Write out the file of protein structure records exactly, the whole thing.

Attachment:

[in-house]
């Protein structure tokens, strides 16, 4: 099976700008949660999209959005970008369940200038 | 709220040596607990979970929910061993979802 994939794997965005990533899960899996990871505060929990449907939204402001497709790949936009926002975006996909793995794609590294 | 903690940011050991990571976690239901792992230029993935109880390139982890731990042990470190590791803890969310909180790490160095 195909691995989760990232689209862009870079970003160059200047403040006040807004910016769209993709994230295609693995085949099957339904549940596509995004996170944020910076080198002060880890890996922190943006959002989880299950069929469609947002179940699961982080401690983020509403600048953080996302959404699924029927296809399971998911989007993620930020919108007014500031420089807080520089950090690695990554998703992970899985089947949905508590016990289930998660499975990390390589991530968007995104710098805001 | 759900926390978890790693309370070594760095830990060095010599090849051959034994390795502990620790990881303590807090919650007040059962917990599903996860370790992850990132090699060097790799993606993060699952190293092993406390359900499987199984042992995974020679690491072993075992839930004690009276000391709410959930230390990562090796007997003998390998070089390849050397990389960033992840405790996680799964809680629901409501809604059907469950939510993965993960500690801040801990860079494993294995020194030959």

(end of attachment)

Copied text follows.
[in-house]
């Protein structure tokens, strides 16, 4: 099976700008949660999209959005970008369940200038 | 709220040596607990979970929910061993979802 994939794997965005990533899960899996990871505060929990449907939204402001497709790949936009926002975006996909793995794609590294 | 903690940011050991990571976690239901792992230029993935109880390139982890731990042990470190590791803890969310909180790490160095 195909691995989760990232689209862009870079970003160059200047403040006040807004910016769209993709994230295609693995085949099957339904549940596509995004996170944020910076080198002060880890890996922190943006959002989880299950069929469609947002179940699961982080401690983020509403600048953080996302959404699924029927296809399971998911989007993620930020919108007014500031420089807080520089950090690695990554998703992970899985089947949905508590016990289930998660499975990390390589991530968007995104710098805001 | 759900926390978890790693309370070594760095830990060095010599090849051959034994390795502990620790990881303590807090919650007040059962917990599903996860370790992850990132090699060097790799993606993060699952190293092993406390359900499987199984042992995974020679690491072993075992839930004690009276000391709410959930230390990562090796007997003998390998070089390849050397990389960033992840405790996680799964809680629901409501809604059907469950939510993965993960500690801040801990860079494993294995020194030959």